Today no politicians would see an embassy posting as a track to the White House. (If they do, like Jon Huntsman did, they need to have their political eyesight checked.) To the extent that ambassadorships fit into a political career, they're an end, not a beginning. From 1993 to 2005, former vice president Walter Mondale, former House Speaker Tom Foley and former Senate Majority Leader Howard Baker served successively as U.S. ambassadors to Japan. For each, it was a final position in public service. The same will surely be the case for Max Baucus, the six-term Montana senator just confirmed to represent the United States in Beijing.
Ambassadorships no longer build presidential resumes. They’re too far out of the policymaking loop. The politically ambitious will see a risk in engaging too intimately with anything foreign, for the same reasons that an assignment on the Senate Foreign Relations Committee is now more to be feared than coveted. Political appointees can, of course, be good at their jobs (Pamela Harriman and Felix Rohatyn, who served as U.S. ambassadors to France, are two oft-cited examples, albeit from a bygone era), but the fact that non–career diplomats rarely climb ambassadorial rungs on the professional ladder is a symptom of the job’s decline.
So, how do we get rid of ambassadors? The drawdown should start with the posts coveted by incompetent fundraisers: Paris, London, Rome. Embassies in key friendly states do have visas to process and play some continuing role coordinating run-of-the-mine policy at the staff level. But the largely ceremonial function of the ambassador has become dispensable. Would our relationship with countries like the United Kingdom, France and Canada be damaged if no ambassador were in residence? Probably not. Ambassadors in those cushy posts are more in the business of cutting ribbons and hosting cocktail parties than toughing it out on the diplomatic front lines. Political ambassadors are like minor royalty — harmless, until they do something silly.
The top job in our European delegations could be rebranded as a minister position, a lower-ranked diplomatic status also recognized under international law. That’s what U.S. envoys were called until 1893, when Congress first authorized the appointment of ambassadors. Ambassador, on the other hand, is a title for life. One might doubt whether the likes of George Tsunis and Colleen Bell would be so eager to go home as something less.
Other trappings of the modern, grandiose embassy could also be cut. The sale of Winfield House, a 12-acre spread in London’s Regent's Park that has served as the U.S. ambassador’s residence since 1955, might make a nontrivial dent in the U.S. budget deficit. Residences can be comfortable without being opulent. With the reduced circumstances would come a downsized social profile. That would take care of the money set’s scoping out ambassadorial digs and nonstop entertaining as part of their payback.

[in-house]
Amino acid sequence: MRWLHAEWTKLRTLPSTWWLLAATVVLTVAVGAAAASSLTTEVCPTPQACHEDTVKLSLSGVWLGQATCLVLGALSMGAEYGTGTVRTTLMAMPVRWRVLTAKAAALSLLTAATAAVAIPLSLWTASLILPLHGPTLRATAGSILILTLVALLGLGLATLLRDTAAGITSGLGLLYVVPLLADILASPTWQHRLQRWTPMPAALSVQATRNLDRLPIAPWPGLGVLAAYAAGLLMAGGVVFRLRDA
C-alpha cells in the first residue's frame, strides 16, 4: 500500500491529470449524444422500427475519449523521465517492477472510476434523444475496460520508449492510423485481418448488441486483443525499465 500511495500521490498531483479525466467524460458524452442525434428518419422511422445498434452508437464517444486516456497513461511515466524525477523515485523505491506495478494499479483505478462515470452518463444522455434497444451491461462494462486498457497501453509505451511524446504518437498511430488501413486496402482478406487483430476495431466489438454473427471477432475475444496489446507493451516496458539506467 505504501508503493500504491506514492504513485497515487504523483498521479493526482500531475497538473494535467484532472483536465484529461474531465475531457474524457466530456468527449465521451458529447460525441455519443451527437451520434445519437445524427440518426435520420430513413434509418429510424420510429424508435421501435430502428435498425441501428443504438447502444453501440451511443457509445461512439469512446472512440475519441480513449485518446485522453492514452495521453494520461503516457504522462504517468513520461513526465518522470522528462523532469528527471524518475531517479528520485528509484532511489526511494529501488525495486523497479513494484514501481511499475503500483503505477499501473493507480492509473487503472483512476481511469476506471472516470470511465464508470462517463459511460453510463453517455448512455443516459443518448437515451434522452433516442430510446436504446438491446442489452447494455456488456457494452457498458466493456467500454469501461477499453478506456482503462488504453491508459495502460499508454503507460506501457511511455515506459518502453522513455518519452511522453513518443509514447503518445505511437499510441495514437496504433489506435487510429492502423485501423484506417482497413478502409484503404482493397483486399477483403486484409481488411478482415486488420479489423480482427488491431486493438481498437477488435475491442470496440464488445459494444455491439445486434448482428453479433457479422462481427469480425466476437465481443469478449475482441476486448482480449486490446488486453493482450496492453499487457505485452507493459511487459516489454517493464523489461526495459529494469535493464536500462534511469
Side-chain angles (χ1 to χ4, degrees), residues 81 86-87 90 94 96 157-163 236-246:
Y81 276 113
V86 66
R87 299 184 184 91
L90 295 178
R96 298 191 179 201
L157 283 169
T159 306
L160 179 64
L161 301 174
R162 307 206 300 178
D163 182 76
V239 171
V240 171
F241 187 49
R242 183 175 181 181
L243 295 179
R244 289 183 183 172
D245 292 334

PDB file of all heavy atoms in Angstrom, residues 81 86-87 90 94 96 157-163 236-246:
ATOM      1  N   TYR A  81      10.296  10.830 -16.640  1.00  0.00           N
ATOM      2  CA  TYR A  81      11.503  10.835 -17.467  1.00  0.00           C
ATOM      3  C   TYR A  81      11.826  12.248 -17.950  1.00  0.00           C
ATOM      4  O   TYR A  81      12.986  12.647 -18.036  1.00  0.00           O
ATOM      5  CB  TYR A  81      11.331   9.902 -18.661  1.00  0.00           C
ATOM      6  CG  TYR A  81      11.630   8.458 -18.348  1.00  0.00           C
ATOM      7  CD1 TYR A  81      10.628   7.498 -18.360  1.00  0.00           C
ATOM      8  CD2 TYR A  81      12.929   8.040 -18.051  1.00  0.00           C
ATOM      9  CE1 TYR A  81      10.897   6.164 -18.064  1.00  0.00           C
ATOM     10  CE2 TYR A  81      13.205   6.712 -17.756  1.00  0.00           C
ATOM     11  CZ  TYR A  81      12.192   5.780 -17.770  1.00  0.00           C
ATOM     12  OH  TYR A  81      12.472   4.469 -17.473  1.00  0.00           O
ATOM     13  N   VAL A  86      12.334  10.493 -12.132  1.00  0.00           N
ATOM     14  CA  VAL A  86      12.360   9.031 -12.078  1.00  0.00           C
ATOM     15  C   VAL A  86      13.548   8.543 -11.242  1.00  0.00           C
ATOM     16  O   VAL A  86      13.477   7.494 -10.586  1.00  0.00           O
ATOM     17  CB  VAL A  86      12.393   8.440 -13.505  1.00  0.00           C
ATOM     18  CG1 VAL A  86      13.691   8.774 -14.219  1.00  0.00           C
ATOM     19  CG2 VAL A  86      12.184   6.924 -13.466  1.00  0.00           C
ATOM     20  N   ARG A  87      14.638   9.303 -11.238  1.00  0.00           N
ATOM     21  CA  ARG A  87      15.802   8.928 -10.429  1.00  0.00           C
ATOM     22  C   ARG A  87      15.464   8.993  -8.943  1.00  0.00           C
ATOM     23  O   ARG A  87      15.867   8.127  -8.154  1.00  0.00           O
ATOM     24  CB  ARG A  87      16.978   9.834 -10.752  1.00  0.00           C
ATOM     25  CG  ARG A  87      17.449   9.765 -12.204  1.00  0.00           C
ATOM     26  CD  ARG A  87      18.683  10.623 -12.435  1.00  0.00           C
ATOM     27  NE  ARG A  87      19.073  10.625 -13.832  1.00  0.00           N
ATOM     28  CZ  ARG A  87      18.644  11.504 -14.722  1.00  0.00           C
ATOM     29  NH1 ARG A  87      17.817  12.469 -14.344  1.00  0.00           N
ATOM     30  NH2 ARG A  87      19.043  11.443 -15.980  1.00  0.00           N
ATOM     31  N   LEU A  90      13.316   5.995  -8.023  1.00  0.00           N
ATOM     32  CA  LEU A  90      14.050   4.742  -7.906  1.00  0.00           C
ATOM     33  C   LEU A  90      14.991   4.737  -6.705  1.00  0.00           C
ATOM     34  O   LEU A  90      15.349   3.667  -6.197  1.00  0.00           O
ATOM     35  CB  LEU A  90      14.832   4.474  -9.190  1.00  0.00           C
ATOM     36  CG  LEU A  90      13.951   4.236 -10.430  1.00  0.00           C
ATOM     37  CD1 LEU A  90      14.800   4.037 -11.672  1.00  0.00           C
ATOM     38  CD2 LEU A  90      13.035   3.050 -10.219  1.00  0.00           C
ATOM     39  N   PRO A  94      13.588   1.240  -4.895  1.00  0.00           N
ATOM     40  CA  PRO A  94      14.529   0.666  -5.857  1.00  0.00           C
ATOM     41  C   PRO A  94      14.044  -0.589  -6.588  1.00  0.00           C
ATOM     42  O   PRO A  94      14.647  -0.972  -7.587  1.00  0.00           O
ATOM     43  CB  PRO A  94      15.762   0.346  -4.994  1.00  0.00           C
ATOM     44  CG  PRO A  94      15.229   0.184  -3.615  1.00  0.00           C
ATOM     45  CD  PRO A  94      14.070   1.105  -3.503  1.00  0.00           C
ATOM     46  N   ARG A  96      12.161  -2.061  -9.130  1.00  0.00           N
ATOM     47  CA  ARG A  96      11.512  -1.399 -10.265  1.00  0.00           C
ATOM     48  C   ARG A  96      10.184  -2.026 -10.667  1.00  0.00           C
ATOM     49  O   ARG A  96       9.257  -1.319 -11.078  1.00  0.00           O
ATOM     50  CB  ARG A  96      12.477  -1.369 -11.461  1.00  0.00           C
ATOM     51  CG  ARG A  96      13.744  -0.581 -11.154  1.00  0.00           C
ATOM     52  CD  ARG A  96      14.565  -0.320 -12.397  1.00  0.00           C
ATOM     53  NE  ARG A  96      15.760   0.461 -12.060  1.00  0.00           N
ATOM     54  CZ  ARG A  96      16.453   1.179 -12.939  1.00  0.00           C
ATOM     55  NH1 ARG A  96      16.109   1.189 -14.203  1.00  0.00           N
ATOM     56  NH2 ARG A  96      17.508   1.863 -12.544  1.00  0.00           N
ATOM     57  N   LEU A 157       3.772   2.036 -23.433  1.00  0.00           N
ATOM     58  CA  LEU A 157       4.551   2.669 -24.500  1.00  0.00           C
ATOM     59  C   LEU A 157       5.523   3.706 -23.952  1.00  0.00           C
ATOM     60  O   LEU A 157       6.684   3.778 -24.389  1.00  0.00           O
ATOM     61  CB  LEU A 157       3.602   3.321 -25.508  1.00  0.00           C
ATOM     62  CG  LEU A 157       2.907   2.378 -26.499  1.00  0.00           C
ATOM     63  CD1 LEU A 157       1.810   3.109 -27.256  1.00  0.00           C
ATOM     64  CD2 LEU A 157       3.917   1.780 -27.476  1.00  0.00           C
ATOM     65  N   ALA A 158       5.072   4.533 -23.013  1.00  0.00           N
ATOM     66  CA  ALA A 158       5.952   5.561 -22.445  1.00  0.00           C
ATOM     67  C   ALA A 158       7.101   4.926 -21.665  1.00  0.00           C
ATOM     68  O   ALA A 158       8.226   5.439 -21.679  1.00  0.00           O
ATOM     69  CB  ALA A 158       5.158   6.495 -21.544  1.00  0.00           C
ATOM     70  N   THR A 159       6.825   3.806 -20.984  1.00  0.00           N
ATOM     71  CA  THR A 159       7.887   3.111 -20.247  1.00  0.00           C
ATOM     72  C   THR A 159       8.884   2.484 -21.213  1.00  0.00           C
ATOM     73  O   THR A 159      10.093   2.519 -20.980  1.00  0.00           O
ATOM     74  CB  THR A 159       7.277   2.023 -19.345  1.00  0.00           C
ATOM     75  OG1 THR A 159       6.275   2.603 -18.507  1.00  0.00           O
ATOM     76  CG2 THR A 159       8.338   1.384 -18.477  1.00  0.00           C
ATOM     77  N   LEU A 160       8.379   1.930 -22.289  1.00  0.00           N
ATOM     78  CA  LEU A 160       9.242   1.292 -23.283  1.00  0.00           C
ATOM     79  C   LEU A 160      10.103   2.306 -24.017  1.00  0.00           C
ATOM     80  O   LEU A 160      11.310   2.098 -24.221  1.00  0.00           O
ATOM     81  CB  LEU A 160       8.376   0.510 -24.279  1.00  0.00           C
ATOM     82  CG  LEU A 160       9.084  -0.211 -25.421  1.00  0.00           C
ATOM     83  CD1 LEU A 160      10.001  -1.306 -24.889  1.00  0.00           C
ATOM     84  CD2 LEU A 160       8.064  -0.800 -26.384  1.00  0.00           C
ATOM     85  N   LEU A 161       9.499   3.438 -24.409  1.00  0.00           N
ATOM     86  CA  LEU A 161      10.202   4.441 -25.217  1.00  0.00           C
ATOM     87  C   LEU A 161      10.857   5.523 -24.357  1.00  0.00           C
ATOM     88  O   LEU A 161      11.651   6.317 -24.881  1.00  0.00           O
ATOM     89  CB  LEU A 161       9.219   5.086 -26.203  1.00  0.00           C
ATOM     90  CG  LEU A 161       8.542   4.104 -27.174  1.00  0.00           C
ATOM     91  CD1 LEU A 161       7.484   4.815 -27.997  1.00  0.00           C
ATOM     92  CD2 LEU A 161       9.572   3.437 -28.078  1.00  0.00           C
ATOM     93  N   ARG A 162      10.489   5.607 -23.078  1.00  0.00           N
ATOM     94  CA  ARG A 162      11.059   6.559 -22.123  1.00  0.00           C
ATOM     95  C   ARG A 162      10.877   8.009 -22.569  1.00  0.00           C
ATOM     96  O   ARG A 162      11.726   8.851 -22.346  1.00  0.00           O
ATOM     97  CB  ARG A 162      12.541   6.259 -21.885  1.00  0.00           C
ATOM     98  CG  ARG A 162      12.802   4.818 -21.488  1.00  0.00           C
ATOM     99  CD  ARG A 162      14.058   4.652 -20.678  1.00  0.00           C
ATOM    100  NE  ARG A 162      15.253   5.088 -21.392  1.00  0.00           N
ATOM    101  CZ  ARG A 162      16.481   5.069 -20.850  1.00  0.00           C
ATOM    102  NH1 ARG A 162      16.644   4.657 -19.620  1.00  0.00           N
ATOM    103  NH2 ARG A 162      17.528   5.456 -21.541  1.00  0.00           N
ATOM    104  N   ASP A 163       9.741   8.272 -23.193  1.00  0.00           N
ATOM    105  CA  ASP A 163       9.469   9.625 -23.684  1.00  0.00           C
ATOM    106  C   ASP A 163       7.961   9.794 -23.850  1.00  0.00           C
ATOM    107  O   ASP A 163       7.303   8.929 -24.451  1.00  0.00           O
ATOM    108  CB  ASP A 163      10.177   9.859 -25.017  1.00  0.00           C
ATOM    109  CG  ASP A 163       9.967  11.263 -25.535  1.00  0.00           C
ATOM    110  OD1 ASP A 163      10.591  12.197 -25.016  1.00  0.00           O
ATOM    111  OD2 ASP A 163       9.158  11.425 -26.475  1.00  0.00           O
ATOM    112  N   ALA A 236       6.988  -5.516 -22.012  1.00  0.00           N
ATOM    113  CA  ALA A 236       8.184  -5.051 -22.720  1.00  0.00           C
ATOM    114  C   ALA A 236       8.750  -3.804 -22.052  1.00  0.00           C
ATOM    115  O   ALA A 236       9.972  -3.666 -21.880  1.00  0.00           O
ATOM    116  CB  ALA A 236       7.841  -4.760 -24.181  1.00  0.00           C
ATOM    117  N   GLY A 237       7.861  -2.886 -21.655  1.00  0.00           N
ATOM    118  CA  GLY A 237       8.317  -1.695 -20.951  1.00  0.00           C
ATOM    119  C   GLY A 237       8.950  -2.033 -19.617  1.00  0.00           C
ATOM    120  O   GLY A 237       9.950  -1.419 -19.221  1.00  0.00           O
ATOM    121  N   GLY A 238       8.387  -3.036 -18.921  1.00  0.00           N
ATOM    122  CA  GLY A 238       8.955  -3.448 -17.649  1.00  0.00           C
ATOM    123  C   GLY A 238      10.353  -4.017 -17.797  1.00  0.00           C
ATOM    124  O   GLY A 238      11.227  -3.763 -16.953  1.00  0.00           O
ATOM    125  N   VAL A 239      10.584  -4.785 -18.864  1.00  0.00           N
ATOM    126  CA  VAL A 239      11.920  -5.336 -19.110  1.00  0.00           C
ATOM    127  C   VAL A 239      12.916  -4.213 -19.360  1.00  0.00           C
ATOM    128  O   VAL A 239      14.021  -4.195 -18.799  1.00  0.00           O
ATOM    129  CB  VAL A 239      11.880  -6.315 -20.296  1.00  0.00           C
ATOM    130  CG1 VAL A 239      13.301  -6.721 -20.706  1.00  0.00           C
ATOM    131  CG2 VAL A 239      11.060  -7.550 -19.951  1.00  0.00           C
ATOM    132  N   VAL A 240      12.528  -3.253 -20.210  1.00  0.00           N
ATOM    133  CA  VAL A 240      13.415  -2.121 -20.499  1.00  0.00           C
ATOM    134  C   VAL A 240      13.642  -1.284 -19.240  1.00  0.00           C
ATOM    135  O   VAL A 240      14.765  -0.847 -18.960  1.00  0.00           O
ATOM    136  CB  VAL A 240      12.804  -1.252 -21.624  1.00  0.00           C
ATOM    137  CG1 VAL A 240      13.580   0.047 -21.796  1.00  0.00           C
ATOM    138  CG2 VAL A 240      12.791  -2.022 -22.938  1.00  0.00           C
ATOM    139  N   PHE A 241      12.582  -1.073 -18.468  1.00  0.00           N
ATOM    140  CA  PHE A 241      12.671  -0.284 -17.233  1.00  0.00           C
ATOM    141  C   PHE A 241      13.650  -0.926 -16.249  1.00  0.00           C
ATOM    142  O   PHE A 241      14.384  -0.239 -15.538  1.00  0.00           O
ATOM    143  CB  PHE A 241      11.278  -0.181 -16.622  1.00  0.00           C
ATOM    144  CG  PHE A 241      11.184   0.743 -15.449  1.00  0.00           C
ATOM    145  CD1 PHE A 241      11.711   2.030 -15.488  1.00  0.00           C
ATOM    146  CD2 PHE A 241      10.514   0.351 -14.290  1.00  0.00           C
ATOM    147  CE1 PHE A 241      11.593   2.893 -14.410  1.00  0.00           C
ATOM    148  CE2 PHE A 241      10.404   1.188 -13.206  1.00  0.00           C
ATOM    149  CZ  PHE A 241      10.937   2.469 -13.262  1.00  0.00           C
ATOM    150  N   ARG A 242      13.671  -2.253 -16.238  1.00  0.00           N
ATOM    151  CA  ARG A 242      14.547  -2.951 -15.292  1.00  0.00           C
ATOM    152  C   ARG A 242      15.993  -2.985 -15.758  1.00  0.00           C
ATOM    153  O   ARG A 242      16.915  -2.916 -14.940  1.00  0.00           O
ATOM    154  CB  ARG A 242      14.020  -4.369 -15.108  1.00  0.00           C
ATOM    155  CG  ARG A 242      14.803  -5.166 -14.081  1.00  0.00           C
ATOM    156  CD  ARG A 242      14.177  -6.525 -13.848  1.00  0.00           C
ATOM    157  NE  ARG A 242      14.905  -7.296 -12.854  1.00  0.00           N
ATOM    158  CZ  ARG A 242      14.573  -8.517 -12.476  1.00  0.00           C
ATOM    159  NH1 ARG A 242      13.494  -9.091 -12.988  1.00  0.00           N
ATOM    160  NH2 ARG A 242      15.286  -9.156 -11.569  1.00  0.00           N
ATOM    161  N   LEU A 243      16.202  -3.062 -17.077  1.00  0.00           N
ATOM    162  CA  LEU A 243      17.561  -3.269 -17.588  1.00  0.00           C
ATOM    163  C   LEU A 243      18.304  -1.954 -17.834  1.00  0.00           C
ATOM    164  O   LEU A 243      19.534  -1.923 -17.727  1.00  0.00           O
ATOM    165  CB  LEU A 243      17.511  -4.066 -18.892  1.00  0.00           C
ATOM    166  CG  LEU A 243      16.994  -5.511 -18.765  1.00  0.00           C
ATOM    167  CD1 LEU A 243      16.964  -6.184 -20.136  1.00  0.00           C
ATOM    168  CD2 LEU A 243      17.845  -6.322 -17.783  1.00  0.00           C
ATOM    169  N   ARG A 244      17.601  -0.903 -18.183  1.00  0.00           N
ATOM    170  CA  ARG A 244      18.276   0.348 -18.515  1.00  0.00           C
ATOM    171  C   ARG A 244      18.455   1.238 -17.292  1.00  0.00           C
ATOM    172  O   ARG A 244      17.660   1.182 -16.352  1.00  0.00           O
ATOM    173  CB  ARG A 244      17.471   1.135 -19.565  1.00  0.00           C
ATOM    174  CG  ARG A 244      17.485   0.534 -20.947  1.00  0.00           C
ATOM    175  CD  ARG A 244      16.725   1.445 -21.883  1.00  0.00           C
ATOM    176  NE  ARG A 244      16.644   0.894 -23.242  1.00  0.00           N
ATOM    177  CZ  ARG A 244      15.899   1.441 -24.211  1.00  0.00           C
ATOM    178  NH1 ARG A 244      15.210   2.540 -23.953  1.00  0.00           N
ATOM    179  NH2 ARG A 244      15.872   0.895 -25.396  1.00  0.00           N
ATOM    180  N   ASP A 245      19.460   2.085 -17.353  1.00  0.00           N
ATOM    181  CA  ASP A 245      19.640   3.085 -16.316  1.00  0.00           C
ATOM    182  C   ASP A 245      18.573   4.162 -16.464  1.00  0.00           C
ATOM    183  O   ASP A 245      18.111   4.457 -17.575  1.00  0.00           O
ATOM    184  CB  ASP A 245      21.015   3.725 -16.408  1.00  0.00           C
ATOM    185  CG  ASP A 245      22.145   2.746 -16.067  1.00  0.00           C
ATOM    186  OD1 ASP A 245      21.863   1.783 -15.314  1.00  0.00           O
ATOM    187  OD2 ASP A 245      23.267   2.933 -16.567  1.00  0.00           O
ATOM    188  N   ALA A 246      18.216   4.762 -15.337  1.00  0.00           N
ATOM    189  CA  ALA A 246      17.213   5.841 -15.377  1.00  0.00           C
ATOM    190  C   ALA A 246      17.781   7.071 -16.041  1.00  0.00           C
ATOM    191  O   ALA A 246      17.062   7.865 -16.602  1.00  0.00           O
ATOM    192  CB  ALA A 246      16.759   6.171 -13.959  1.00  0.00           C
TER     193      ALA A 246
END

The same could go for less diplomatically sensitive but donor-attractive posts in smaller European, Caribbean and other nonhardship posts. In some cases, these posts could be eliminated altogether. Other countries consolidate their diplomatic representation. That’s true not only for resource-strapped smaller states. If the United Kingdom doesn’t have an embassy in its former colony the Bahamas, why should the United States?
That leaves envoys in trouble spots, where senior-level diplomacy requires years of training and study. Ambassadors to unstable but strategically important states in Africa, the Middle East and Central Asia can make a difference, cultivating local relationships and curating information for policymakers in Washington. (WikiLeaks made career diplomats in some of these areas look good.) Ambassadorial status facilitates success in those postings; it gives envoys immunity, access and credibility. The kind of ambassadorships that donors don’t want — those are the only ones we should keep.
Peter Spiro teaches at Temple University Law School. His book “At Home in Two Countries: The Past and Future of Dual Citizenship,” will be published by NYU Press this spring.
The views expressed in this article are the author's own and do not necessarily reflect Al Jazeera America's editorial policy.